Pleural effusion (aka water on the lung) is excess fluid accumulating between the 2 pleural layers that surround the lungs.
Although normally containing fluid, excessive amounts can impair breathing by limiting the expansion of the lungs during inspiration
5 types of fluid can accumulate in the pleural space, including:
Hydrothorax (serous fluid)
Transudative pleural effusion, involving increased permeability of the capillaries in the lung, due to release of cytokines or inflammatory mediators (e.g. vascular endothelial growth factor) from the platelet-rich blood clots. It is caused by:
Congestive heart failure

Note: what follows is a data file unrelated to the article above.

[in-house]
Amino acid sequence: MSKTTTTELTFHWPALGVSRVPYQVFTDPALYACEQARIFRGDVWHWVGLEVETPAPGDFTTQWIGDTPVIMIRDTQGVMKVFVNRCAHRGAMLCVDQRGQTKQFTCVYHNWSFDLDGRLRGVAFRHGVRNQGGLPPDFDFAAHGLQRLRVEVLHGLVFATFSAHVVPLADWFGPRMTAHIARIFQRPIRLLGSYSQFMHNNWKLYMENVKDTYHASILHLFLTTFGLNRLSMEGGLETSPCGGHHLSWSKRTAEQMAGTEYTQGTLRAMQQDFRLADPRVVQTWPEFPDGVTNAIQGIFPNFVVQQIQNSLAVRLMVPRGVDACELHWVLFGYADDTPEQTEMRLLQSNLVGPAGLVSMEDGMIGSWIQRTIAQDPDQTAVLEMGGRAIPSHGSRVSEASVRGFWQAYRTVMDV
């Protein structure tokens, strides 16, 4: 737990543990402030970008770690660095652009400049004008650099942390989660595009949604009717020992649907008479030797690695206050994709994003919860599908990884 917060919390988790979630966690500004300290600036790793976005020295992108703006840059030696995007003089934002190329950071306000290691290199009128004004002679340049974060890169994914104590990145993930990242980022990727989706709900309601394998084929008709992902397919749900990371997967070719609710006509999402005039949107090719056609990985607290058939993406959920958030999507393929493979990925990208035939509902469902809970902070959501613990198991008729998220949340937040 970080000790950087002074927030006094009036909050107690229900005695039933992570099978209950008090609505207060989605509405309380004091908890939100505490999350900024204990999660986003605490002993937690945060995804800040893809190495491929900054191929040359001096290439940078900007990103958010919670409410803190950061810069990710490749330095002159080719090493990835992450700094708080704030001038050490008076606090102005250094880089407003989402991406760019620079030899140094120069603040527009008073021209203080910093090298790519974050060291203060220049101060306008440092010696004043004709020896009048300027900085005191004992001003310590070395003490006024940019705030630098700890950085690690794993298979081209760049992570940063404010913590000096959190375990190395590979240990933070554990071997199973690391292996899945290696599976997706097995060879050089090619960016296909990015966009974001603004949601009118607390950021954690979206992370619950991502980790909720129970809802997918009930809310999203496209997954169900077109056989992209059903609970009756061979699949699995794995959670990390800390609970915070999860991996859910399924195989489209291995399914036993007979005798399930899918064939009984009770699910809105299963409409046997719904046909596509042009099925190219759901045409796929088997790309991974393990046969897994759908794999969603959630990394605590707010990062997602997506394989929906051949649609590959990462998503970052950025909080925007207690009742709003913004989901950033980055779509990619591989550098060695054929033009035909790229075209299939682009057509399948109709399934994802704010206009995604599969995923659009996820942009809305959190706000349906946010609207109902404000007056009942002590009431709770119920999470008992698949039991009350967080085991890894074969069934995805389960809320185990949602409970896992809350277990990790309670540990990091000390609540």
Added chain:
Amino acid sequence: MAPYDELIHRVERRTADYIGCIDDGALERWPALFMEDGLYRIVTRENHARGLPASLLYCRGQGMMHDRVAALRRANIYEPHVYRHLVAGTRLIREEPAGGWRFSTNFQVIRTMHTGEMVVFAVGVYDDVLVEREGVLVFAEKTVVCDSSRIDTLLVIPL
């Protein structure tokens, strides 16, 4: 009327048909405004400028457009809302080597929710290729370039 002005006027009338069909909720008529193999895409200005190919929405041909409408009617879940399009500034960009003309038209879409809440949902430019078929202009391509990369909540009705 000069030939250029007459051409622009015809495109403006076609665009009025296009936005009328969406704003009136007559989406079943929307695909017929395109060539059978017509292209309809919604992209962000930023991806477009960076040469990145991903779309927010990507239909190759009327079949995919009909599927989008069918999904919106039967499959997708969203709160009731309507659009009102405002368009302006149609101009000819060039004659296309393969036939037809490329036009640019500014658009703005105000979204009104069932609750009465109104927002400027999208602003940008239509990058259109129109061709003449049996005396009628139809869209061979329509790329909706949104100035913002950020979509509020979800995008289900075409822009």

ESRD (end stage kidney disease)
Exudative pleural effusion, caused by:
Cancer, including lung cancer, breast cancer, and lymphoma
What's the difference between transudate and exudate? It sounds so similar?
Transudate is fluid pushed through a blood vessel due to high blood pressure. Exudate is fluid that leaks AROUND the blood vessel's cells, caused by inflammation.
CXR, showing as an area of whiteness, as there is abnormal fluid collection